Startup Volterra sees strong channel play for distributed cloud management solution

Volterra’s solution handles operational and security issues involving multi-cloud and edge deployments, and while their initial focus is on very large customers, the channel is already playing a key role, which will expand going forward.

Daniel Hua, Volterra’s COO

Santa Clara CA-based Volterra emerged from stealth earlier this month, announcing their cloud-native SaaS-based solution to manage very large numbers of devices across multiple clouds and at the edge. They also announced that they have secured over $50 million in funding to date. Those investors include venture capital firms Khosla Ventures, and Mayfield, M12, which is Microsoft’s venture fund), as well as strategic partner investors. Unusually for an early stage startup, especially one focused on larger business, the channel also plays a key role in Volterra’s Go-to-Market strategy.

“Volterra is a new startup, but we believe that we are uniquely positioned in the distributed cloud services market,” said Daniel Hua, Volterra’s COO. “There are other players, but we bring unique value.”

The context, Hua said, is that today an increasing number of apps need to be distributed beyond either a data centre or a single cloud, to multiple clouds, and with the growth of the Internet of Things, to many edge environments.

“This creates operational management problems, because the public cloud tools are not interoperable, and it creates security problems as well,” he said. “Our technology uses a single set of Kubernetes APIs to address this, one set of APIs and one operational model.”

Volterra’s distributed cloud platform consists of three building blocks: VoltStack, VoltMesh and Volterra Console. VoltStack deploys and manages distributed applications across multiple clouds or edge sites using Kubernetes APIs. VoltMesh provides high performance networking and zero-trust security between multiple clouds and edge sites. Volterra Console is a management console for centralized  deployment and operation of distributed applications at a global scale.

“It’s a distributed edge solution platform that provides a secure way to address the needs of both the multi-cloud market and the edge, with full application security within and between devices,” Hua said.

It is also extremely scalable.

“Volterra is effective if you want to manage many thousands of sites – and ultimately millions of sites when this is extended to cars and other IoT devices,” Hua said. “Only we have that scalability. We have been working with major Japanese OEMs to prove that 3000 cluster deployments can work.”

Their sweet spot today is larger customers, but the key is companies with large numbers of deployments, even if the deployments are not themselves large.

“We have had success in areas like retail, where they have maybe 50,000 small stores globally, and they want to manage more applications in the stores,” Hua pointed out. “For example, in Japan, they have a labour shortage, so these stores hire more foreigners who do not speak good Japanese. In order to serve customers well, the stores use translation software that delivers simultaneous translation of conversations with customers.” Internet of Things deployments are also popular, including digital signage, facial recognition, and edge use cases on the manufacturing floor where more applications are being added into robots.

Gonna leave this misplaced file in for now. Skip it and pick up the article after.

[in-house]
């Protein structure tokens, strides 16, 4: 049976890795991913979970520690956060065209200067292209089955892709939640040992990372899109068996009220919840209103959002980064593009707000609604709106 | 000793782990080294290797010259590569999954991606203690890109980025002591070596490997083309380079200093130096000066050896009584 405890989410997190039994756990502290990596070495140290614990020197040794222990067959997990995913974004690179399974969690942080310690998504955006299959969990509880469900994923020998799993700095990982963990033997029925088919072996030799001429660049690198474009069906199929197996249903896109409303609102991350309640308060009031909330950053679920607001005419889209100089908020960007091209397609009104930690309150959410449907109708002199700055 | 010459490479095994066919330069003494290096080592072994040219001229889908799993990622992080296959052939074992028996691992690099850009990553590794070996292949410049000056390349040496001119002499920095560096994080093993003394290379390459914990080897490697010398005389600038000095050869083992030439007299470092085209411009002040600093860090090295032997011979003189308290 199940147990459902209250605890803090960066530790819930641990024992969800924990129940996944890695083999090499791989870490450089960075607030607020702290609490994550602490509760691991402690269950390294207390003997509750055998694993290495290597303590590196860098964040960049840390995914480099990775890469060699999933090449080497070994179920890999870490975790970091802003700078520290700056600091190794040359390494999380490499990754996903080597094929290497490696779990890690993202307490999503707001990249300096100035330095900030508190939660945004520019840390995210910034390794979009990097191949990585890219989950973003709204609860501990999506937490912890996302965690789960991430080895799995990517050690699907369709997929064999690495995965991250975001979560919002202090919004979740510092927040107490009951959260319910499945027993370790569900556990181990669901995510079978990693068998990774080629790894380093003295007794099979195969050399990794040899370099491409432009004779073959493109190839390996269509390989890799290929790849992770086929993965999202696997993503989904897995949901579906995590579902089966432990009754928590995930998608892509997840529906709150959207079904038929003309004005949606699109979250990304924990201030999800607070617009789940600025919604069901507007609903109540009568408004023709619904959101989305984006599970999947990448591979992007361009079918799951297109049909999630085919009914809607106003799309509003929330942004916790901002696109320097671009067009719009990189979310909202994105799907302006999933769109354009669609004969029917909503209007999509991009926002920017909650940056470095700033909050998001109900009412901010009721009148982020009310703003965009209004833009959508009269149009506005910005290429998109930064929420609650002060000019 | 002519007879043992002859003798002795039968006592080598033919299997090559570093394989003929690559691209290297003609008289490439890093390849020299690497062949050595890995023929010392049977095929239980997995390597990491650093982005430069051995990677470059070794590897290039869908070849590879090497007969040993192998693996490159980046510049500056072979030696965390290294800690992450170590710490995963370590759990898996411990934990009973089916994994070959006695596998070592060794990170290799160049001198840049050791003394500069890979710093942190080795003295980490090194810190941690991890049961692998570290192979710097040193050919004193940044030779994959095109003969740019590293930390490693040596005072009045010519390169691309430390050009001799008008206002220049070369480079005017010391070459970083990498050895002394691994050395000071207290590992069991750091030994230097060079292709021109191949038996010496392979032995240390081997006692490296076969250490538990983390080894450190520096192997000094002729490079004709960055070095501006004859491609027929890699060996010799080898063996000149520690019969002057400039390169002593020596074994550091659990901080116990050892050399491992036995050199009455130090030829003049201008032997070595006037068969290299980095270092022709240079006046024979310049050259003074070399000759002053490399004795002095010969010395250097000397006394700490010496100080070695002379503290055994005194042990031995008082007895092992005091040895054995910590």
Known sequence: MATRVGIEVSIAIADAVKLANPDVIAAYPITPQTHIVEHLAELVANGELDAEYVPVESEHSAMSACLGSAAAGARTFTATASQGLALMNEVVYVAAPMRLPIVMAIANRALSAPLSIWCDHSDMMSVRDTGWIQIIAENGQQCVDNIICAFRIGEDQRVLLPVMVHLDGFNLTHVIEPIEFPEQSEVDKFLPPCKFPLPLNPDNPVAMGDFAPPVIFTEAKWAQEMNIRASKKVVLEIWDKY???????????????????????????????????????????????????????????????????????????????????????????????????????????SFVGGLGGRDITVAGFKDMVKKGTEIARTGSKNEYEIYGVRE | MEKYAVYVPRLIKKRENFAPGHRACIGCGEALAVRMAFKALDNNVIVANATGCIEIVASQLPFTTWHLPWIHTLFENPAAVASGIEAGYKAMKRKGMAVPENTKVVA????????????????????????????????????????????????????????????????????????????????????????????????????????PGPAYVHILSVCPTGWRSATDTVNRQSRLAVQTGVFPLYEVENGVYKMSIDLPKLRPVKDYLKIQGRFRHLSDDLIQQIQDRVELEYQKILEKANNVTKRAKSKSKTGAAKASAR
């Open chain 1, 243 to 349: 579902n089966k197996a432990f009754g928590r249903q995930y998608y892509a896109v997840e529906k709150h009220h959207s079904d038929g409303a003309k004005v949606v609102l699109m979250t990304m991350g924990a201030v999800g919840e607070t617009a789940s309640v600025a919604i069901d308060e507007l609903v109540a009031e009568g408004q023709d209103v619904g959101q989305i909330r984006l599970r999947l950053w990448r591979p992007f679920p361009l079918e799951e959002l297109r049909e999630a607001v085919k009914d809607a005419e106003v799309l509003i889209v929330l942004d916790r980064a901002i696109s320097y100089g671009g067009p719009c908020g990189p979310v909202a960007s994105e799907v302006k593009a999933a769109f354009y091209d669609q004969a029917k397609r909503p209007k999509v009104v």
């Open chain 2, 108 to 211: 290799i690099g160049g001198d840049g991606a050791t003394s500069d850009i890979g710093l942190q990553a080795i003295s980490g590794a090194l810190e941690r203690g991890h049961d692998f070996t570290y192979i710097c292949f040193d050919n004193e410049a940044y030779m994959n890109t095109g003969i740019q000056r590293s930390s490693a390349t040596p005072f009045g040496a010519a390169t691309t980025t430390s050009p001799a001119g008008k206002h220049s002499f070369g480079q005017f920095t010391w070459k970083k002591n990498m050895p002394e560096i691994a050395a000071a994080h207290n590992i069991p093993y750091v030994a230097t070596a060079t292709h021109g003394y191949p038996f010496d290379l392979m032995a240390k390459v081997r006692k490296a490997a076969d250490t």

Over time, Hua said that the value of Volterra’s technology makes it logical to extend this more broadly, but that’s still a little way off.

“Right now, and for the next one to two years, our main target is large enterprises and service providers,” he said. “That’s where we can establish our brand name and prove our concept, and that’s where we see the big need. So that’s the initial step. We see this extending into the midmarket, but that will take some time.”

The channel role in Volterra’s Go-to-Market will not wait for the midmarket push however. Volterra is working with channel partners today, and Hua said that even though they are a brand new company, the channel plays a key element in their strategy. They just made an announcement around one, large Tokyo, Japan-based systems integrator ITOCHU Techno-Solutions Corporation, which will resell and integrate Volterra’s solution into IoT services associated with the introduction of 5G. ITOCHU will target 50 of their customers over the next three years with the solution. ITOCHU is also a strategic investor in Volterra, through their venture capital arm.

“We do a lot of high touch selling in this early stage, but our channel still plays a couple key roles,” Hua said. “First, we offer an infrastructure, not applications. A lot of the channel has applications, so this is a very good fit. Second, with any new company, there can be a credibility issue with customers. A big SI can have much more credibility than a smaller vendor like us.

“We have also put a lot of effort into securing bigger customers, and we then wind up working with their partners,” Hua added.

“We have three types of channel partners – systems integrators, MSPs, and those who white label us,” Hua indicated. “We already have multiple MSP partners, and we are working with some application vendors now to offer a unified platform.”

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